The “Joie de vivre” of connecting with local employees.

It’s 9:59 pm on a Sunday. I’m cruising around the suburbs of Detroit. looking for a place to eat when I come upon the open sign at Five Guys. In I go when I realized they closed at 10. I apologized and began walking out when the staff begged me to stay. I said no 5 times until the manager said “Look sir, by this point you’d offend us if you left. Sit down and we’ll get you that to go order.”

I agreed, introduced myself to the manager, thanking him for making me a late night dinner. He thanked me for the patronage, and as I waited, we opened up a dialogue about ourselves. When I told him I just moved home from NYC, he presented me with a huge smile and asked jokingly, “NOBODY moves from New York to Detroit..”

I told him “I did.” and explained that it was because I missed people like himself and his staff – they weren’t cordial because somebody forced them to, it was second nature to refuse to allow me to walk out hungry. Because that my friends, is what we do. Tonight I ended up staying 15 extra minutes explaining how and why  I was coming back home, telling stories about Manhattan. Their eyes all lit up like I was Chuck Yeager talking about breaking the sound barrier, I was offered me free peanuts while I explained what it was like walking through Times Square, the original Macy’s and taking the subway everywhere. Anyway I made 5 friends tonight, checking into Foursquare and tweeting my advocacy in the process.

Amazingly as I was handed my hamburger, I thought back to one of the most interesting books I’ve read – Peak by Chip Conley.  In Conley’s book, he applies the principals of Maslow to his business. A hotelier, he uses the hierarchy of needs as his base to run tests to better improve the relationship he had with his customers.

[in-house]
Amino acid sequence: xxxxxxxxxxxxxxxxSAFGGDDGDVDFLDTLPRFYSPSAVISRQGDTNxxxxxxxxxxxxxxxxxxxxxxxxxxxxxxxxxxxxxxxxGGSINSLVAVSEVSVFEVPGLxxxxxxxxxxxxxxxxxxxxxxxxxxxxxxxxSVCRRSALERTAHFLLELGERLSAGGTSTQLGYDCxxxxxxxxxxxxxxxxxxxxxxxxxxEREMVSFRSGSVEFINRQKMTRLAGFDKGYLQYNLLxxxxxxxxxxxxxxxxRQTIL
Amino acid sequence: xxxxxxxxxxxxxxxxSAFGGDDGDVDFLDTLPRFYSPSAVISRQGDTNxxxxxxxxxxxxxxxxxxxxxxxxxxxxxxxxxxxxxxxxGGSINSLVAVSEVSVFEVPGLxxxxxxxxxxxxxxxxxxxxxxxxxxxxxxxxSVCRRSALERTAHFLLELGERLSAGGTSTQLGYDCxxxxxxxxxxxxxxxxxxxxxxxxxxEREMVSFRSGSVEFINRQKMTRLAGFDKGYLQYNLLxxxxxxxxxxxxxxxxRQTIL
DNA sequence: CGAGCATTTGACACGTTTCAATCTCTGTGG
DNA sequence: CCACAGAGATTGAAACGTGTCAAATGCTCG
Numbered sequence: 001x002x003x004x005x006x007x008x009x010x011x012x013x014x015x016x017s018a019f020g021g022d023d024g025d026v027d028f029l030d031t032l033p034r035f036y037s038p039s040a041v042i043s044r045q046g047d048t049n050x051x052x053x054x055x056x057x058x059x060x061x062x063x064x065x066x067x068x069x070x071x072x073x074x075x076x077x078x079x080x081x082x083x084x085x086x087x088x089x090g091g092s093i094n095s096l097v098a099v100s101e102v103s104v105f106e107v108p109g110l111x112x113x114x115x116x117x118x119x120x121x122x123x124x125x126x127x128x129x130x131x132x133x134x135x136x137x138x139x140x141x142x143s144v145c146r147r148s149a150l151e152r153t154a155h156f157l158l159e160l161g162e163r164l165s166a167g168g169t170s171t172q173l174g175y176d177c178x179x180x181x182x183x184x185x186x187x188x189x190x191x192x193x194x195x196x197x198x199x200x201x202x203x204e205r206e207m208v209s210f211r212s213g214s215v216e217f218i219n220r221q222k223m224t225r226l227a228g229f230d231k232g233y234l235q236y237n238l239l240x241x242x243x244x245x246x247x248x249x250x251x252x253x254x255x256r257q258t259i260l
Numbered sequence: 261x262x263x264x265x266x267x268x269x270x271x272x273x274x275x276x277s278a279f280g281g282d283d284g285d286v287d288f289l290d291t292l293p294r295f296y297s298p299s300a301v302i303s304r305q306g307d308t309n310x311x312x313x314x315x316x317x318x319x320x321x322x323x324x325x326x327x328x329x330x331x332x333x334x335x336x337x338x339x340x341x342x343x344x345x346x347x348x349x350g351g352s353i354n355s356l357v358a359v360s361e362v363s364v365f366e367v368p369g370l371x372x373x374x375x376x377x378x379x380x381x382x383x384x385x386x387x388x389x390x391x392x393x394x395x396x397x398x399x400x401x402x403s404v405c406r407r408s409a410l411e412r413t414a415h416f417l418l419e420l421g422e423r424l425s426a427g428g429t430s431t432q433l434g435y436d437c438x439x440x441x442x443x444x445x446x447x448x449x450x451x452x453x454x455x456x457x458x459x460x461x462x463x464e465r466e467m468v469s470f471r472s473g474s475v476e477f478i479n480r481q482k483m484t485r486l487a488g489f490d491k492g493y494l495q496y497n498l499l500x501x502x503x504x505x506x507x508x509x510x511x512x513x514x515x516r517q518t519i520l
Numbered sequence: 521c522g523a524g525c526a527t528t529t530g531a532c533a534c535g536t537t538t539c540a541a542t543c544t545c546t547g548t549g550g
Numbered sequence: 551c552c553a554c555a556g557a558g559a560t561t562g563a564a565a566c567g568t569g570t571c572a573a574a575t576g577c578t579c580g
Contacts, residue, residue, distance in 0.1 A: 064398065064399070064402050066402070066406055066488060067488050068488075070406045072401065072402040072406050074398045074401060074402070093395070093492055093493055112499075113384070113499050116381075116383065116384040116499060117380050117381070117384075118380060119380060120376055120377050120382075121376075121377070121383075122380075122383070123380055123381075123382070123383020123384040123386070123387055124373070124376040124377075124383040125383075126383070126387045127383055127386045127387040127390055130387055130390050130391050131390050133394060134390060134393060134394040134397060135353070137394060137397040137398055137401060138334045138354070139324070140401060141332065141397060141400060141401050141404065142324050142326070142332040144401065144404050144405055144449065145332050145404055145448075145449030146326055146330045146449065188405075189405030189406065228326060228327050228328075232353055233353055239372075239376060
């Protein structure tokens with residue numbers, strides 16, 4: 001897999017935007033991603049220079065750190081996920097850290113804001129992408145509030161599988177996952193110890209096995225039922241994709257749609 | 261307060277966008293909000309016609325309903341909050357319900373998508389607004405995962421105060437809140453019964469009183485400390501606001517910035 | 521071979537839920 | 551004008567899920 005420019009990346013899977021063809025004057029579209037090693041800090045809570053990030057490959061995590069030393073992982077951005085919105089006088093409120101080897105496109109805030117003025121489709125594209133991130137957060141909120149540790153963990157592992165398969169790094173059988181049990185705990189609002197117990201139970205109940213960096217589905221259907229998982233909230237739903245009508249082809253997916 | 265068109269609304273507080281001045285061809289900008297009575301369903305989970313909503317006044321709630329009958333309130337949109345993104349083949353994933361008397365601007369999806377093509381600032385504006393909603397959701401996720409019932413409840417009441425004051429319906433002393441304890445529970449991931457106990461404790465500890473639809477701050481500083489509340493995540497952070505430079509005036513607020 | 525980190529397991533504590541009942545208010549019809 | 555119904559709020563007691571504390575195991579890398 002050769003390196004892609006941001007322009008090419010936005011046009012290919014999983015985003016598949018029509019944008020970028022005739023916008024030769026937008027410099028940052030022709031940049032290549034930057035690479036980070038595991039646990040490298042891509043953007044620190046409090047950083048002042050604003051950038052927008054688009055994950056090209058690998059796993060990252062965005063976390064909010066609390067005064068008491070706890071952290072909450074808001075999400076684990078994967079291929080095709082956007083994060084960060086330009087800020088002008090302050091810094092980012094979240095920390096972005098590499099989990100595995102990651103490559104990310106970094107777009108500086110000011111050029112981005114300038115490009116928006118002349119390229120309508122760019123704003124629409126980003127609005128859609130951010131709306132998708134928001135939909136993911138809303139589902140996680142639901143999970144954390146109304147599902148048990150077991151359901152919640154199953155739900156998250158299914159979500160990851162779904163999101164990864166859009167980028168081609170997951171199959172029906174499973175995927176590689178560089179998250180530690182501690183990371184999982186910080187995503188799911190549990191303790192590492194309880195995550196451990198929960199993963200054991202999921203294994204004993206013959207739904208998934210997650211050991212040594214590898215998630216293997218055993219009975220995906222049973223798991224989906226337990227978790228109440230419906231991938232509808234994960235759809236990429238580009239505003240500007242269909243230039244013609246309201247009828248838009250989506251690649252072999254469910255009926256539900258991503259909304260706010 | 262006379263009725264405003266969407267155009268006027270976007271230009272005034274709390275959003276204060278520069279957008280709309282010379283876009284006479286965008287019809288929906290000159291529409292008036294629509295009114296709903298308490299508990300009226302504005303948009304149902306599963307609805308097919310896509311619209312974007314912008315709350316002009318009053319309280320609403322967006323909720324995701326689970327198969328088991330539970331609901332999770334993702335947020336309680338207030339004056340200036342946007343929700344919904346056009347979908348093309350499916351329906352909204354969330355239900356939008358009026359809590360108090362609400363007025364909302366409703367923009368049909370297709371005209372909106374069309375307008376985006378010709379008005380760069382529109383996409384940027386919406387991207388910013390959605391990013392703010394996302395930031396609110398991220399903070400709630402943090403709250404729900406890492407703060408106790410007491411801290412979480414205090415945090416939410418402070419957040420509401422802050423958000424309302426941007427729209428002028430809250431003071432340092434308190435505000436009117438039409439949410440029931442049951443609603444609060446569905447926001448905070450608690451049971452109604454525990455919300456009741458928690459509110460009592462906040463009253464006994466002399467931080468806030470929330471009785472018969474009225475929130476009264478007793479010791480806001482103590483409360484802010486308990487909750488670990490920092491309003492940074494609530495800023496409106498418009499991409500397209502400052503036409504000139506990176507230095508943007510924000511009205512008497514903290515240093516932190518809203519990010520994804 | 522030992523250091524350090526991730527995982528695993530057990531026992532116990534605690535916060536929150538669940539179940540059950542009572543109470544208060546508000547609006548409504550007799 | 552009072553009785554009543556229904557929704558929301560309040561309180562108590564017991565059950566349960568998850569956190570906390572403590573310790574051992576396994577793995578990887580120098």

The most interesting one to me had to do with his maid service making the beds one day and not the other. The day maid services were delinquent, Chip noticed his customers were visibly agitated throughout the day. His epiphany? That sometimes the lowest rung on the totem of employment is your most important.

And that’s the lesson I realized again tonight –  the most significant connections we sometimes make between brands and consumers aren’t at the corporate level, they’re right in our back yards.

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5 comments

  1. Scott Monty · April 4, 2011

    You got Five Guys to stay open longer for you? You’re my hero. I can tell there are going to be a few visits there in our future. 🙂

    Another book to check out that validates what they did for you is Gary Vaynerchuk’s The Thank You Economy. It’s about valuing every customer as if he or she were your only customer.

    Great stuff.

    • Kalie · May 5, 2011

      Tnahks for sharing. What a pleasure to read!

  2. Eric Swayne · April 5, 2011

    Gary also said something that’s really stuck with me – that we’re back in “small town rules.” The relationships that a small-town sole proprietor or mom-and-pop shop owner cultivated were his/her lifeblood, because they knew that they couldn’t hide from their customers. Through these new technologies, customers are expecting the EXACT same things of their brands, because they know they can’t hide.

  3. Roger Ratekin · April 29, 2011

    Welcome to Detroit area and Ford. I am sure you will enjoy the area.

  4. Jason Petefish · May 8, 2011

    Okay, now I have to read the book by Chip c. I have stories too from NYC days.

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